From outsider to respected teacher
To his colleagues and students, Nurmemet Tuniyaz is no longer just “the Xinjiang guy”, but a respected teacher of English who’s known for his strong work ethic and athletic physique.
The 42-year-old, from the Xinjiang Uygur autonomous region, has followed the same routine since he began teaching at the Beijing Space Middle School in 2003. He always arrives at 7 am, 20 minutes earlier than his colleagues, even though he has to take his 7-year-old son to a nearby primary school first.
“My son has to wait at the gate for nearly half an hour becausehe’s required to get to school by 7:15 am,” Nurmemet said, “He’s well cared for there; everyone knows him.”
When he started at the school, Nurmemet was determined to prove himself and to demonstrate the professional competence of teachers from Xinjiang. He transferred to the school from Urumqi, the capital of Xinjiang, four years after he married Gulinar Keyoum, an aerospace engineer.
Although he had taught in Xinjiang for eight years, he still had to prove his worth in Beijing. “I passed several exams and took trial classes before the school accepted me,” he said.
As the only teacher from the Uygur ethnic group, Nurmemet knew he was under heavy scrutiny during his first few months at the middle school in Beijing. “Some teachers whispered about me, and doubted my teaching ability. They believed my transfer was just a favor because of my wife’s job.”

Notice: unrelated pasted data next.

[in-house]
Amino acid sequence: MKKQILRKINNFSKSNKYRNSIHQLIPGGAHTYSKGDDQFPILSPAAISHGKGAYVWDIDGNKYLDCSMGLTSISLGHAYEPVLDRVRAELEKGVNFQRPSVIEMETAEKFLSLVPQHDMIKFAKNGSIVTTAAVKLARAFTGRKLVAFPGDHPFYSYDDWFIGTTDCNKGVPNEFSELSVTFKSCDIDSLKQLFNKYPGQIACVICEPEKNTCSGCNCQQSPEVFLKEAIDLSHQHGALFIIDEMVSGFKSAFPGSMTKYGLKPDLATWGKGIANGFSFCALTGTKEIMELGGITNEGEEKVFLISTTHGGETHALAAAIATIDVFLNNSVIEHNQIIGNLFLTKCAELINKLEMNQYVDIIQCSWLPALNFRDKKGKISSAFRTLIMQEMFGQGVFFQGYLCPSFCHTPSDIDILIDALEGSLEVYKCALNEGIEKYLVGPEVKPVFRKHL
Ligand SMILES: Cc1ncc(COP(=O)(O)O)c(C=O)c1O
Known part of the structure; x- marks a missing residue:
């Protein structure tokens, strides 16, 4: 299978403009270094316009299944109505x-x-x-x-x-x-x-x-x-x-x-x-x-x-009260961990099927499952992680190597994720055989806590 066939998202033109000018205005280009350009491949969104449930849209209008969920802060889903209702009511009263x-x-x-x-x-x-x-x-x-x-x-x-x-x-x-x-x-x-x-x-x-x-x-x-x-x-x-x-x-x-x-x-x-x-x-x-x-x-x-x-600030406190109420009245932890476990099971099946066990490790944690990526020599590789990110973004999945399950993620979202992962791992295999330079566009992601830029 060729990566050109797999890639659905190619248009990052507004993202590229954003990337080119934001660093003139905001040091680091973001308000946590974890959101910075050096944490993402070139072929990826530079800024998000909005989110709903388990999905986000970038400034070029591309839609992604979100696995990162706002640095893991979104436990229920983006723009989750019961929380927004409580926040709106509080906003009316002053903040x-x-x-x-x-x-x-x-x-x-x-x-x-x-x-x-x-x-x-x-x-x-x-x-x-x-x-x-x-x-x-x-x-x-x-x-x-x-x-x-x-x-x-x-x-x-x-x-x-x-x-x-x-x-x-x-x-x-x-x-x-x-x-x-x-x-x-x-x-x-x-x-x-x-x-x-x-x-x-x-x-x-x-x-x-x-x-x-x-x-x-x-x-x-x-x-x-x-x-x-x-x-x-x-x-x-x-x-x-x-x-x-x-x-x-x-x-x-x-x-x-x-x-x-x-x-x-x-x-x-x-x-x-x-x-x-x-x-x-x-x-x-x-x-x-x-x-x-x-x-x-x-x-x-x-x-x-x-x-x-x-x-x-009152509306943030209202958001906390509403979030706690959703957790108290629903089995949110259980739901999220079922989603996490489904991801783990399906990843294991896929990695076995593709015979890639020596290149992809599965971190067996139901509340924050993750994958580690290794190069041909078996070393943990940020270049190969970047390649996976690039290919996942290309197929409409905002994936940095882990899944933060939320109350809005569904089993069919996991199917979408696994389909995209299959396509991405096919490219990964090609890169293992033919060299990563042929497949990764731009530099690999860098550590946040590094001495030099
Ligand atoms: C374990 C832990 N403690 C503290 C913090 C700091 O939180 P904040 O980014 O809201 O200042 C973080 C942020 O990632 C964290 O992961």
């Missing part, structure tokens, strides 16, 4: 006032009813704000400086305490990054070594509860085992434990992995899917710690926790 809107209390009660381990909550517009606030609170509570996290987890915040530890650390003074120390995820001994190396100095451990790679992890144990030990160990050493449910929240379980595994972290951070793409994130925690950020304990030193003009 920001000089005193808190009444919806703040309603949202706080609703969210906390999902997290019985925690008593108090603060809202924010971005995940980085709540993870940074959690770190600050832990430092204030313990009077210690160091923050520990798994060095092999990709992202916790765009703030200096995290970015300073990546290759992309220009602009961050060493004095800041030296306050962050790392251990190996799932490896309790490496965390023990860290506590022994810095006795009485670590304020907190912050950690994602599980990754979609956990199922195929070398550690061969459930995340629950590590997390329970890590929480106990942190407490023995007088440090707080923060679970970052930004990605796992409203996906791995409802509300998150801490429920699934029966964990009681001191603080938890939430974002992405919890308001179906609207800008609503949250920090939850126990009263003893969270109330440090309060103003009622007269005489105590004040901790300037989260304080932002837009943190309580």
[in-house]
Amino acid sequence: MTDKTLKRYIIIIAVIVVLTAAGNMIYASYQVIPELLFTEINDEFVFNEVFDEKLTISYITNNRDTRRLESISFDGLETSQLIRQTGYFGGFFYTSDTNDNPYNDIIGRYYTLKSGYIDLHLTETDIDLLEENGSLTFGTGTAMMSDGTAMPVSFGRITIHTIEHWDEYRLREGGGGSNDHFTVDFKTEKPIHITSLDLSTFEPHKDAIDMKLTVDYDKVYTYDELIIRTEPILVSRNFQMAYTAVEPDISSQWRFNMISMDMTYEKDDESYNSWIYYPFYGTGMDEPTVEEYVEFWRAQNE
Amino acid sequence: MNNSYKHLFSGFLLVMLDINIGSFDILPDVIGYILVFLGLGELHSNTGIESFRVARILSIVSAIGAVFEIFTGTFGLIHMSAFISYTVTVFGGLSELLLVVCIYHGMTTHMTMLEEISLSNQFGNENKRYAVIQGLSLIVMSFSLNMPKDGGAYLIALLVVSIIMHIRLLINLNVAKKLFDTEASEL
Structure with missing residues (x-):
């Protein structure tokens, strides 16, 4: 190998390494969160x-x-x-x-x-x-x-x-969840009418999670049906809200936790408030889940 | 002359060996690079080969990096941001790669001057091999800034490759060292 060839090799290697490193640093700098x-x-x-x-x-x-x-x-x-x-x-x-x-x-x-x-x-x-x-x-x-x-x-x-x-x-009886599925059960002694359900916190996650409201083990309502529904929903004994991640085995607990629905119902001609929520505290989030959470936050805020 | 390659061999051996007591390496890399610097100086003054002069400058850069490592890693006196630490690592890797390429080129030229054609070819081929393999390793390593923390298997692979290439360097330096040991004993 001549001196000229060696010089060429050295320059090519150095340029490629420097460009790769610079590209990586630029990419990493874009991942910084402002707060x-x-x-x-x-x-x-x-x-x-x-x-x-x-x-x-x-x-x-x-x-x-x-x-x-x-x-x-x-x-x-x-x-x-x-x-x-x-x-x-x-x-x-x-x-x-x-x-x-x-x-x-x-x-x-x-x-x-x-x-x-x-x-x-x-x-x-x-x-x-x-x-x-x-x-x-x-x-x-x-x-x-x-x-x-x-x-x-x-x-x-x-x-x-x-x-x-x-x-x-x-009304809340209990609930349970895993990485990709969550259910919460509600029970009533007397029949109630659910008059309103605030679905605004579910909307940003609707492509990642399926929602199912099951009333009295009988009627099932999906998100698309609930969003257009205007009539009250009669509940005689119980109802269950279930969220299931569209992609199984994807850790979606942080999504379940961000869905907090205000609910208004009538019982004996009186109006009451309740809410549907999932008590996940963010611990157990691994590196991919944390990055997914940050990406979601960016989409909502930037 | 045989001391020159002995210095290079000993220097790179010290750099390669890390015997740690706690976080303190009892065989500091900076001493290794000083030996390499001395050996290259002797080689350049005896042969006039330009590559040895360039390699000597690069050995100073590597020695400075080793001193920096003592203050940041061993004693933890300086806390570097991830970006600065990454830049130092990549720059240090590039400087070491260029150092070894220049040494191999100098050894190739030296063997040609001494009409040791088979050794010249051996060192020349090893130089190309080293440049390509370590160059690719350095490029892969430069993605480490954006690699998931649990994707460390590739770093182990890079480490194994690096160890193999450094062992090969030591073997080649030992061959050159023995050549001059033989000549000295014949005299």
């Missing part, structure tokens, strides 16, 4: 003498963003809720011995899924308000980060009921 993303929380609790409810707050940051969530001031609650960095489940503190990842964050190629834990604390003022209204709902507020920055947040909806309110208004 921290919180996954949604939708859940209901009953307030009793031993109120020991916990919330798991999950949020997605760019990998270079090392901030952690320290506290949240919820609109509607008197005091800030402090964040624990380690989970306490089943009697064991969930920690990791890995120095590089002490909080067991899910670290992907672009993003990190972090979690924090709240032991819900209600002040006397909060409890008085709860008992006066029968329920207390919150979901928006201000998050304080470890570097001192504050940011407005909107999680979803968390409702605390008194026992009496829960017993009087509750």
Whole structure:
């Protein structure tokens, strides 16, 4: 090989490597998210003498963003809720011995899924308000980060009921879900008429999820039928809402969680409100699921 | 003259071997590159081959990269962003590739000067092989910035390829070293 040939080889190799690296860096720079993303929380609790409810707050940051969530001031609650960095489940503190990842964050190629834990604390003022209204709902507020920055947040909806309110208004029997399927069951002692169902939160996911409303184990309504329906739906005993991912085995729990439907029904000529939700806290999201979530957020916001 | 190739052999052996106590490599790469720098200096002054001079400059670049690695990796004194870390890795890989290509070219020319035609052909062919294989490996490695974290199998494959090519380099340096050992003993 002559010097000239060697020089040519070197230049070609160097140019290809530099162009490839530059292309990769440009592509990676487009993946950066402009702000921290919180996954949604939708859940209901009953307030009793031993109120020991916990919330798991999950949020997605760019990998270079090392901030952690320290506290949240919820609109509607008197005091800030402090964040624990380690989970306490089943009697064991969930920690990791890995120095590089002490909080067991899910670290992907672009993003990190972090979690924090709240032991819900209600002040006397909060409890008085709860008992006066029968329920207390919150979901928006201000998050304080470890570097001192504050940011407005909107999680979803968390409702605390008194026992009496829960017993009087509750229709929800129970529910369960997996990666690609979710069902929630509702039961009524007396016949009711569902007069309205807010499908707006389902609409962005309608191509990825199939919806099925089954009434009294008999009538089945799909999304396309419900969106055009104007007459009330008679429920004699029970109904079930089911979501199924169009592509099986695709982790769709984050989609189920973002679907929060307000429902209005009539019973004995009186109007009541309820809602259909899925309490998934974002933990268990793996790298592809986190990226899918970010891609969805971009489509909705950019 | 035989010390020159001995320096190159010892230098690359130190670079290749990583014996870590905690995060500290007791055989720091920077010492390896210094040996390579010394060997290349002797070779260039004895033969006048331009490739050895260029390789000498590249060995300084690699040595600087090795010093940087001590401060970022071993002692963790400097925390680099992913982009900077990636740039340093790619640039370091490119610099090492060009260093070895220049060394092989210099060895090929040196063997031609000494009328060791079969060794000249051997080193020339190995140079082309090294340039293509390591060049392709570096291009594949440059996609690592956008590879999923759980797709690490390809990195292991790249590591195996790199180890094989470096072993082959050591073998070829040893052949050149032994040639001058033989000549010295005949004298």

Aware of the pressures, he requested the role of head teacher of a freshman class, and although he’s strict in the classroom, Nurmemet is friendly with the students after school.
“I like playing basketball, which is a link with the students,” he said, “If they see me as a friend, it’s easier to improve their study habits.”
His wife’s heavy workload means she’s only at home for three or four months a year, so Nurmemet has plenty of time to devote to his vocation. His commitment has never wavered, not even after the birth of his son, because he knew he had been accepted.
“In the beginning, I was called ‘that Xinjiang guy’ by my colleagues and some parents, but by the end of the first semester, they were calling me ‘Teacher Nur’, because they had witnessed my ability and the efforts I made,” he recalled.
As the eldest child in his family, high expectations were heaped on Nurmemet when he was young. His father was a driver who worked on a route between Urumqi and Nurmemet’s hometown, Maigat in southern Xinjiang, and it was his idea to send Nurmemet to a Mandarin-speaking school.
From his base in Beijing, Nurmemet has helped many people from his hometown, including arranging performances for traditional Uygur musicians, such as the Doran Muqam Troupe, in Beijing and eight countries in Europe.
Moreover, he regularly invites his colleagues in the capital to his hometown to learn about life there. “In 2004, I invited two colleagues for a weeklong trip to Kashgar, and a year later they arranged for some of their friends to visit Xinjiang,” he said. “That was what I wanted to see.”